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TBI ‘Pretty Close’ To Wrapping Up Probe Into Shipley, Ford

Rep. Tony Shipley, a subcommittee chairman, recently grilled members of the state nursing board about how they handle nurse suspensions — like those over which the two legislators are being investigated for using improper influence to reverse.

The Tennessee Bureau of Investigation is almost finished with its investigation  into two state representatives accused of misconduct in a case involving three disciplined nurses, according to a spokeswoman for the law enforcement agency.

Once the investigation is completed, it will be turned over to District Attorney Torry Johnson, who earlier this year requested the TBI look into the dealings of Reps. Tony Shipley and Dale Ford and the Department of Health.

“We’re pretty close to finishing up and giving the entire case file to him to review,” TBI spokeswoman Kristin Helm told TNReport this week. She said the investigation is open.

Johnson asked the TBI to investigate whether the two East Tennessee lawmakers used political influence to improperly pressure the board into reinstating the licenses of three nurse practitioners.

The nurse practitioners had been accused of over-prescribing medications contributing to the death of patients at the now-defunct Appalachian Medical Center in Johnson City. The investigation into the three nurses is still open, and District Attorney Tony Clark is still reviewing the case, according to the TBI. The nurses have not been charged.

Shipley and Ford, both Republicans, had each acknowledged filing legislation to alter the board makeup or its oversight or move to shut the board down. Ford told the Associated Press that his wife was a clinic patient and his sister worked at the center.

“I perceive this whole effort to be a means to intimidate a legislator, to prevent him from doing his constitutional duty. And guess what, it’s not going to work,” Shipley told TNReport Tuesday at the Capitol.

“Everything that I have proposed, I’m going to continue to do, and those who are shooting at me will have to answer for that at some point,” he said.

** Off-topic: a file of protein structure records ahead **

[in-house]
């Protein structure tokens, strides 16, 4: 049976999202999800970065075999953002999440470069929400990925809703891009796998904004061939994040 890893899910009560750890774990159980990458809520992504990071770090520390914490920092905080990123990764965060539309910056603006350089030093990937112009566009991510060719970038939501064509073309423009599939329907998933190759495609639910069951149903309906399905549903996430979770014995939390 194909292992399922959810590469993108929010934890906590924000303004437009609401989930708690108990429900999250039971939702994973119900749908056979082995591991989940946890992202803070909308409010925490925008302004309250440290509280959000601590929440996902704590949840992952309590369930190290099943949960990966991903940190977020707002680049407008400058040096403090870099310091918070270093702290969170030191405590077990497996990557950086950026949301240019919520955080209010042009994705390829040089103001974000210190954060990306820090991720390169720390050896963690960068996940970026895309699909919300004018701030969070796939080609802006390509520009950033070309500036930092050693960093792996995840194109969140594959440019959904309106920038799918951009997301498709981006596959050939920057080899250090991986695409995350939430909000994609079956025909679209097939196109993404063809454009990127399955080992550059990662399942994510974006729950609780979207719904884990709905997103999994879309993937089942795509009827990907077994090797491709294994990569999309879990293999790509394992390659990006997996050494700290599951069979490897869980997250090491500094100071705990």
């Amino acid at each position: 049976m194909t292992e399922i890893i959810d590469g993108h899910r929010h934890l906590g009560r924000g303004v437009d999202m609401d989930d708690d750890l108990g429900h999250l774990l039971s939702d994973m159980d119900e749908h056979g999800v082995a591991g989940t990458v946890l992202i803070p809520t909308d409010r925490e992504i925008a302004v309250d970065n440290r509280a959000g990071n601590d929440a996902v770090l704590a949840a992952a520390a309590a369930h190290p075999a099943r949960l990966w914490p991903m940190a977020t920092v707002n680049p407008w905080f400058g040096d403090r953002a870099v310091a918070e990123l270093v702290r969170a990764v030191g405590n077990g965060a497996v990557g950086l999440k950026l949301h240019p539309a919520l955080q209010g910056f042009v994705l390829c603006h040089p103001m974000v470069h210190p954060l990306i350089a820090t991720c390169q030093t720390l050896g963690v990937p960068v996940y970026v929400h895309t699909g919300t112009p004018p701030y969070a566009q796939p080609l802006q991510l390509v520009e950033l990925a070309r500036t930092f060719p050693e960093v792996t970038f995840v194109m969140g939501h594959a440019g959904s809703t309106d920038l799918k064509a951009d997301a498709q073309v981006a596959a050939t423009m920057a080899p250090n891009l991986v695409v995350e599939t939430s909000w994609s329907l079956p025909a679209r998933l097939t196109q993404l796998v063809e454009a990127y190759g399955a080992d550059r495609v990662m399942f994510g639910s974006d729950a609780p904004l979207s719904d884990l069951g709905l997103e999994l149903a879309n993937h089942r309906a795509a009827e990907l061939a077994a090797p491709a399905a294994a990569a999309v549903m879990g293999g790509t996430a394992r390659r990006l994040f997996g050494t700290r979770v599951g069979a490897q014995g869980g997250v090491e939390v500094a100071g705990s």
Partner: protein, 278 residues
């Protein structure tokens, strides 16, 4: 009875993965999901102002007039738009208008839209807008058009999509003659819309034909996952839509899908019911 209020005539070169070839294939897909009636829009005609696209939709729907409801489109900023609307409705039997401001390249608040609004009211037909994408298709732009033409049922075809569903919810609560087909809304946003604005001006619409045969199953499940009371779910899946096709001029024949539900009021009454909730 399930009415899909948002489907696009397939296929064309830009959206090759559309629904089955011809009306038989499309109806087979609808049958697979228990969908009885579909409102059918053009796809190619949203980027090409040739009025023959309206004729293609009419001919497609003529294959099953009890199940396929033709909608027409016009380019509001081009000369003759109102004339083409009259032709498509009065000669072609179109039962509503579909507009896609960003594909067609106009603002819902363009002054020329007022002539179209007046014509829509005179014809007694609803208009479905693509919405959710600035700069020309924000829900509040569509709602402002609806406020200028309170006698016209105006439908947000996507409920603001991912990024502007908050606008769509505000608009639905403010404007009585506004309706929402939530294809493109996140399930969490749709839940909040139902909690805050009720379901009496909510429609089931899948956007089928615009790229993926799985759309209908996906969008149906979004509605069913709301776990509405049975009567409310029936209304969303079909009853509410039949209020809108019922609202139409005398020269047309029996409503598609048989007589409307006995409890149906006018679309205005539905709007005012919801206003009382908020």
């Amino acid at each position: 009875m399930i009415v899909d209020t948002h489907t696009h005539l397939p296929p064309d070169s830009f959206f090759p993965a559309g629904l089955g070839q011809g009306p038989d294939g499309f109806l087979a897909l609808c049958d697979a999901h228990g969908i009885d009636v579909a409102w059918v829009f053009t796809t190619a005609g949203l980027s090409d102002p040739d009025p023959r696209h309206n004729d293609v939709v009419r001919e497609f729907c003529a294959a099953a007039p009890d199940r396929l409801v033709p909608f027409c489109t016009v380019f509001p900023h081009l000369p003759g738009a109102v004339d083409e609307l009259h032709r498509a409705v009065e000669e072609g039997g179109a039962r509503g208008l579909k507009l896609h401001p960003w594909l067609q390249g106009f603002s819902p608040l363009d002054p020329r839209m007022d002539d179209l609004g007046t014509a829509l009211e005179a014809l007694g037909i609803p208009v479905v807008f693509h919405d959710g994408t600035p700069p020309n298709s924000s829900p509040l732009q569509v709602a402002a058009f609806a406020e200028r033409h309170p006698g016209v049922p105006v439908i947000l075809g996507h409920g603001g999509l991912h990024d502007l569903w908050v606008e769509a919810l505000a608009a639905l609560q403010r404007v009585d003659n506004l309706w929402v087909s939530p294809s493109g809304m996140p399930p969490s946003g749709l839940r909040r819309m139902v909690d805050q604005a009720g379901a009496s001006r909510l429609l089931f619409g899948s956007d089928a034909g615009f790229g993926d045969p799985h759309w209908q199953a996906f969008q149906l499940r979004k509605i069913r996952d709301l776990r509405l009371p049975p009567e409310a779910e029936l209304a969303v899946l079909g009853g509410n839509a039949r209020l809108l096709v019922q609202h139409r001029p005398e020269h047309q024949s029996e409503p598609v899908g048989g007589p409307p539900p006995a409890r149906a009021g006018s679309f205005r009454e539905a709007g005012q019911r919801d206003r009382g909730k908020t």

Shipley chairs a committee that has significant influence over the state Board of Nursing. That Government Operations subcommittee on education, health and general welfare met Wednesday.

The panel voted to keep the board active for another two years but change rules pertaining to who can serve on the board and how it operates.

Shipley led the charge as he and other lawmakers quizzed board representatives on how it deals with complaints against nurses suspected of wrongdoing, but not charged, much less convicted by a court — like the three nurses whose cases triggered TBI’s investigation.

Lawmakers also asked how far the board goes to make sure it implements laws with the Legislature’s intent at heart, an issue that landed the board in hot water with lawmakers last session.

“I want you to understand that we’re not here to beat you up. That’s not what we’re trying to do at all. We’re trying to understand the process because when we come out of this, we want it to be better,” Shipley said to nurses at the subcommittee meeting.

The Tennessee Nurses Association, which represents 83,000 registered nurses, agreed with the proposed changes to be written into legislation extending the life of the board. The plan came in part from a recent sit-down with Shipley.

“We are very comfortable with this amendment,” Executive Director Sharon Adkins said, who added she is also happy with the work of the Board of Nursing. “We are very pleased with our discussion with Rep. Shipley and the resulting amendment that came forward.”

Expected provisions include:

  • One board member to come from each of the nine congressional districts.
  • At least one member to be a licensed practical nurse.
  • At least one member to be a consumer.
  • At least one member must be at least 60 years old.
  • At least one member must belong to an ethnic minority.
  • No more than three members may come from from academic settings.
  •  In appointing members, the governor shall consider people from various medical backgrounds.
  • Seven members must be physically present for any decision to suspend a nurse.
  • No member may serve more than eight consecutive years.
  • Members will be appointed by the governor from a list of candidates recommended by respective organizations such as the Tennessee Nurses Association.

The legislation, and decision to renew the Board of Nurses, now moves to the full Government Operations committees in the House and Senate, which are expected to take up the issue in the spring 2012 legislative session.

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